SUMMER seems to have arrived, as you probably noticed, and Washington has undergone its annual tranformation into Calcutta on the Potomac. This is a foolish local myth to the effect that Washington summers used to be more pleasant in the old days. On the contrary, anyone who could possibly flee the town did so, usually by this time in June, and did not return until well in September. It was not only miserably uncomfortable. In a mid-19th century city in a hot climate, summers were positively dangerous.
It's not a bad moment to reflect, with gratitude, on the acommplishments of the people who have made Washington summers survivable: the people who built, and today run -- you probably aren't ready for this -- the water and sewer systems. Everyone takes that immense network of pipes utterly for granted. But can you imagine, as the temperature rises, what life was like without them?
Here we take down from the shelf Constance McLaughlin Green's fine histories of this city: In the 1850s, the water supply for nearly everyone was either a cistern holding stagnant rainwater, or the public pumps in the squares. Most people threw their garbage into the unpaved streets; there the roving pigs might dispose of it, or might not. There were a few rudimentary sewers draining into nearby streams like Rock Creek. But few houses were connected. The sewage from the White House washed out into the swampy field that is now the Ellipse.
How do you get rid of dead horses? The method of choice was to load the carcasses onto a barge, float the barge down the Potomac out of sight and discreetly dump the horses into the river. The sentimental recollections of an idyllic and pristine 19th-century river are not entirely accurate.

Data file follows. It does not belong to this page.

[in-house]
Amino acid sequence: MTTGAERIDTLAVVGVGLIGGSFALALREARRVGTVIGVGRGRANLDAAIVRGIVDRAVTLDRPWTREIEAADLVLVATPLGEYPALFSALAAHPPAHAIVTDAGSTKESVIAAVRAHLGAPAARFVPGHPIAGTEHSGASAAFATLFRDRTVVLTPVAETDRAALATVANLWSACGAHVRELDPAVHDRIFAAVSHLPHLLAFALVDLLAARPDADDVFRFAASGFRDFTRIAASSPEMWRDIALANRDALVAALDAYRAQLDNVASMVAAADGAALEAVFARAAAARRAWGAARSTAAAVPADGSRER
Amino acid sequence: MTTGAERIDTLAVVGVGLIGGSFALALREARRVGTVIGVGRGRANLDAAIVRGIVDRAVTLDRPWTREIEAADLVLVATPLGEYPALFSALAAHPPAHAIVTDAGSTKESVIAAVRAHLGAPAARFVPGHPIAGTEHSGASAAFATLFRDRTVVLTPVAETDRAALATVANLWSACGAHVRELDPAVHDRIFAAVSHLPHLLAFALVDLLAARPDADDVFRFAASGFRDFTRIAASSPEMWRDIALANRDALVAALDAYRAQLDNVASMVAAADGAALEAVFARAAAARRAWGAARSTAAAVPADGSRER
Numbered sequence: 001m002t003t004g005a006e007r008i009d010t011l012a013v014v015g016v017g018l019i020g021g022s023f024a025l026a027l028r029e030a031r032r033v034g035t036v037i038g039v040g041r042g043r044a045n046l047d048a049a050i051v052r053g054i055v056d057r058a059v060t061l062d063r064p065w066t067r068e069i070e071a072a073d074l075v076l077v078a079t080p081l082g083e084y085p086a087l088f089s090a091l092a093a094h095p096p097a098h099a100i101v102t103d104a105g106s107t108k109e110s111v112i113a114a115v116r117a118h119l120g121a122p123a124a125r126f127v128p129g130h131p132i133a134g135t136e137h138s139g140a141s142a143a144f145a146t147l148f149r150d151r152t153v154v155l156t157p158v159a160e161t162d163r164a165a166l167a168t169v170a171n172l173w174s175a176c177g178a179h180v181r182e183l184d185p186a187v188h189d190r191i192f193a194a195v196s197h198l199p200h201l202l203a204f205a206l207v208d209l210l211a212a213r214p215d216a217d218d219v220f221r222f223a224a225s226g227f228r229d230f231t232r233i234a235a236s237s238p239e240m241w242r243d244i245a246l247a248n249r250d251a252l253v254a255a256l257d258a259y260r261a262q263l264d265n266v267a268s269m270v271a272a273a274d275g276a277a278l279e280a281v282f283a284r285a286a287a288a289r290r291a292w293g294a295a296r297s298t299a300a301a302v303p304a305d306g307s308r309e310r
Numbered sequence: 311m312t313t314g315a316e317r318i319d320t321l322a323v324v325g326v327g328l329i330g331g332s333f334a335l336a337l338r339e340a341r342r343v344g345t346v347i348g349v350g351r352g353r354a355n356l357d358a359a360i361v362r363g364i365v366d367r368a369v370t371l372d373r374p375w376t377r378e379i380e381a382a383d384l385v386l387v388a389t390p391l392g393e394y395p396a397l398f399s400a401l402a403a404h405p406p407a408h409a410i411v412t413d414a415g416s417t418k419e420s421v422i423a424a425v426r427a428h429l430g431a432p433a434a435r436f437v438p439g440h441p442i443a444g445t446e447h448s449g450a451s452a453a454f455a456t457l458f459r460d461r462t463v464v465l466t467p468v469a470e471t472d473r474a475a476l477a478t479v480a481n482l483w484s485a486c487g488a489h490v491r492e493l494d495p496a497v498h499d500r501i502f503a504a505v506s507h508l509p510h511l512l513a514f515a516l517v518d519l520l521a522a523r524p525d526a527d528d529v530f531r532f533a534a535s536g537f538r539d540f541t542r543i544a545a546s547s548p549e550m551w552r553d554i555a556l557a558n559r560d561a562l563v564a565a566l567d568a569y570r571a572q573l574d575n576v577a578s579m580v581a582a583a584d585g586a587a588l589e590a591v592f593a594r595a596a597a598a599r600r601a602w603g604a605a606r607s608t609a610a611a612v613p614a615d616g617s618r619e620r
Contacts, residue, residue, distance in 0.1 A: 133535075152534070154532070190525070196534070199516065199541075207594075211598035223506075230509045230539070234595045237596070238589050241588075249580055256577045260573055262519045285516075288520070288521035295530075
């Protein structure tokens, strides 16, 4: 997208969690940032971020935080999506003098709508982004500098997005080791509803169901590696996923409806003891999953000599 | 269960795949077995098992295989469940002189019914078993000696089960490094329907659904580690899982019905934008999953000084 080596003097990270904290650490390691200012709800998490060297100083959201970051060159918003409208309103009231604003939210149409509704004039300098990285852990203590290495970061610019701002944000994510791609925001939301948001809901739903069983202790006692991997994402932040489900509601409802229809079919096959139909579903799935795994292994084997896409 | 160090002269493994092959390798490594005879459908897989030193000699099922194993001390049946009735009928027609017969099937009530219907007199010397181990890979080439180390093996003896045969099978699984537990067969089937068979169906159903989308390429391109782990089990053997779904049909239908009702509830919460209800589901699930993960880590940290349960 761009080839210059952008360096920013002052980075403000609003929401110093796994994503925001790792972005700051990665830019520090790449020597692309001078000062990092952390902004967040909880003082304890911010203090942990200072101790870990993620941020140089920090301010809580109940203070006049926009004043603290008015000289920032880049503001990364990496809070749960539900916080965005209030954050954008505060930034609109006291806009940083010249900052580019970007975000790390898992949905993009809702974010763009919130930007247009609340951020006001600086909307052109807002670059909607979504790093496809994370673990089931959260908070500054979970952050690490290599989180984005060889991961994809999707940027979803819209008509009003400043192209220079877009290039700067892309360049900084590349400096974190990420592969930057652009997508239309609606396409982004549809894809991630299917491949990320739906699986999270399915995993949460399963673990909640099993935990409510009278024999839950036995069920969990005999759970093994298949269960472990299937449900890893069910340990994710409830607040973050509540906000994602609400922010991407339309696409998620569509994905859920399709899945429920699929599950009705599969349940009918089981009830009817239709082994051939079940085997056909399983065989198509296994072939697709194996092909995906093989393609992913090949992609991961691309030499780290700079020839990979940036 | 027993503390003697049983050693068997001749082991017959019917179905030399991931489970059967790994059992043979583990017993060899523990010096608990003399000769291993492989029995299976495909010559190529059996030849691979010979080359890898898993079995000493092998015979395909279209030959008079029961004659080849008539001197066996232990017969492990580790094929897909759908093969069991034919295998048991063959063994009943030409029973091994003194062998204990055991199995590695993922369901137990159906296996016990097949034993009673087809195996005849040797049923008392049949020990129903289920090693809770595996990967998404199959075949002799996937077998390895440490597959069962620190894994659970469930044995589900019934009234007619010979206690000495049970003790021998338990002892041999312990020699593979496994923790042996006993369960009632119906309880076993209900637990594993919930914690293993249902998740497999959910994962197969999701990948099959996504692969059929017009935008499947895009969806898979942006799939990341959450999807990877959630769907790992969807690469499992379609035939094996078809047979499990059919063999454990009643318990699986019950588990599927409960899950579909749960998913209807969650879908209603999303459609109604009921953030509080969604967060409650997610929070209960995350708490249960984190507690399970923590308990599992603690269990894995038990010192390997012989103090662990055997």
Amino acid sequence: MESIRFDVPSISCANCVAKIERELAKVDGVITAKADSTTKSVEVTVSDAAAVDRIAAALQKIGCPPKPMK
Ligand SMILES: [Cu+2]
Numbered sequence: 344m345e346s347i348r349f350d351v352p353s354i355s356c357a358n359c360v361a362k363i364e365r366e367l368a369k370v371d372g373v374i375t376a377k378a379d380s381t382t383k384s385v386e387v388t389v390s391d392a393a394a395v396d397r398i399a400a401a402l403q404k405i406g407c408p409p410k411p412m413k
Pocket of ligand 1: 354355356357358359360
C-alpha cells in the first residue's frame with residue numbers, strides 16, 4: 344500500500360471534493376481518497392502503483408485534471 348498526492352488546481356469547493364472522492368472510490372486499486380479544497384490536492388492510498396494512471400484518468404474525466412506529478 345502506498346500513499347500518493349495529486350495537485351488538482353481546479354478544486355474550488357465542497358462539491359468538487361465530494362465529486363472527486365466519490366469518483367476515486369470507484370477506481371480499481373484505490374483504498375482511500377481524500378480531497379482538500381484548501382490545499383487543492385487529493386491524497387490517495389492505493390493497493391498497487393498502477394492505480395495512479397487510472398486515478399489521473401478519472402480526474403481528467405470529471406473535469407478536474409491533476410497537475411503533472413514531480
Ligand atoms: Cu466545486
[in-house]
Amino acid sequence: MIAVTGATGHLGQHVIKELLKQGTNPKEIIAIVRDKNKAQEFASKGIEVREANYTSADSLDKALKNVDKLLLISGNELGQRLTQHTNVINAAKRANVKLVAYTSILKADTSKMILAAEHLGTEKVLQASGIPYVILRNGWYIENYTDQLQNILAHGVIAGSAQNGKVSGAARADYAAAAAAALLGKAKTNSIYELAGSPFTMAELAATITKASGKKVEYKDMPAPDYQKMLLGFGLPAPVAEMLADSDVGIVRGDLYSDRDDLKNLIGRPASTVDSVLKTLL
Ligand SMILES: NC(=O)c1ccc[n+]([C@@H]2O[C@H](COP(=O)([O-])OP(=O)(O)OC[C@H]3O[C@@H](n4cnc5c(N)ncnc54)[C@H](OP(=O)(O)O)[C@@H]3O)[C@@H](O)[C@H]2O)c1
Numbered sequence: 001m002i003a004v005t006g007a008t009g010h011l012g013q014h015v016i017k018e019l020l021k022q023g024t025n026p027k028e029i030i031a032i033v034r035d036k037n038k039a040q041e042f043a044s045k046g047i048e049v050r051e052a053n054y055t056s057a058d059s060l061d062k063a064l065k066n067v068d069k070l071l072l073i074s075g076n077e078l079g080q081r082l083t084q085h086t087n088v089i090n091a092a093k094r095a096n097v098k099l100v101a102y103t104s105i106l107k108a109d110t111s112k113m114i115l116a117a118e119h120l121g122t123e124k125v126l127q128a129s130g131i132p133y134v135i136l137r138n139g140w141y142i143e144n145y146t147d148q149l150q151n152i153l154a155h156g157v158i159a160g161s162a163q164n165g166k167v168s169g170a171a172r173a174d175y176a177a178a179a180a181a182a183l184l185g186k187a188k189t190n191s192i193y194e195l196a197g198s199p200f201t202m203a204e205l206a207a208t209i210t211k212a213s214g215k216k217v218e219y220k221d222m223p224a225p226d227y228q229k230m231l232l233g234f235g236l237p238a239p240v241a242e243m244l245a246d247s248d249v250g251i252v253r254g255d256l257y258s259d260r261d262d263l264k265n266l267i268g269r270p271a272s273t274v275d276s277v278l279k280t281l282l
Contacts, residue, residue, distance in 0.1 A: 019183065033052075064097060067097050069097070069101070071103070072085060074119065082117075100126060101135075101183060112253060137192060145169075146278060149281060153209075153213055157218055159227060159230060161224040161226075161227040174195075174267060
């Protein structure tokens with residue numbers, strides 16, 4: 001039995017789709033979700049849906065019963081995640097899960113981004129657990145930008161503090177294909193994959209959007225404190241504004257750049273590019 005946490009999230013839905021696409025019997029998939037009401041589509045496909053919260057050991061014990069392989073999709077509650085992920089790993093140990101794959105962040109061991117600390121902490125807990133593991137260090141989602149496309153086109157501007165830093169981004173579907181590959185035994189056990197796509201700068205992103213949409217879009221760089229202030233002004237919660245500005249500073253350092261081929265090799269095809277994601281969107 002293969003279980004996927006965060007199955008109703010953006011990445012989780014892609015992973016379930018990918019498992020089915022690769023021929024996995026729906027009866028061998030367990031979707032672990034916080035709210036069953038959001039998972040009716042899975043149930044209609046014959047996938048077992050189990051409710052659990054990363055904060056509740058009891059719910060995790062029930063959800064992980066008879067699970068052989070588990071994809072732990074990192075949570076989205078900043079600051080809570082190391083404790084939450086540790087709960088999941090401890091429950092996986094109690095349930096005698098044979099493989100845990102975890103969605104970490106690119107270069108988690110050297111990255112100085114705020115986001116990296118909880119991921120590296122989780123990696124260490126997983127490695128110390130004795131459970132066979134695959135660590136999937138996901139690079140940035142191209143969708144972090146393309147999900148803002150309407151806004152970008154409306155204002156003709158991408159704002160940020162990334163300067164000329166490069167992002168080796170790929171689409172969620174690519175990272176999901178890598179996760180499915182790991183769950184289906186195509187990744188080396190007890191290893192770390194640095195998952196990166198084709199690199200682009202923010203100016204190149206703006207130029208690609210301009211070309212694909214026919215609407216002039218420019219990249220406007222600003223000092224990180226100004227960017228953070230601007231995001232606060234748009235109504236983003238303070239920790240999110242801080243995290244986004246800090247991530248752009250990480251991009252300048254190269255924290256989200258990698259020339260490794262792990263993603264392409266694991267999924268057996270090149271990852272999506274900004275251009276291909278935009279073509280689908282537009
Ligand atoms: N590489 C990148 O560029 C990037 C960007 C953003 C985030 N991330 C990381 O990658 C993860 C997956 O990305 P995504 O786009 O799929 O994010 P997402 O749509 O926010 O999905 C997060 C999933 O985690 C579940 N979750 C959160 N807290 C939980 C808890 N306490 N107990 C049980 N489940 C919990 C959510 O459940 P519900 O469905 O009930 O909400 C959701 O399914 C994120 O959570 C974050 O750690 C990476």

The city's first adequate water supply finally arrrived with the completion of the 10 miles of aqueduct from Great Falls, just before and during the Civil War. The construction of the sewers, along with the paving of the streets, came a little later, getting well under way in the 1870s.
One bad year shortly before the pipes were laid, the mortality rate here reached 35 per 1,000 people. That's four times the current level. The average life span then appears to have been about half the present one of about 73 years. Nationally, the infant mortality rate is now down to 12 per thousand births. In the 1850s here, it fluctuated probably between 10 and 20 times as high. Summer was a bad time for small children. They were especially at hazard to the hot weather diseases.
Good old-fashioned summertime. Good old-fashioned dysentery, cholera and typhoid. The practice of medicine is a noble profession. But the people who have saved lives on a grand scale, over the past century, are the civil engineers and the plumbers.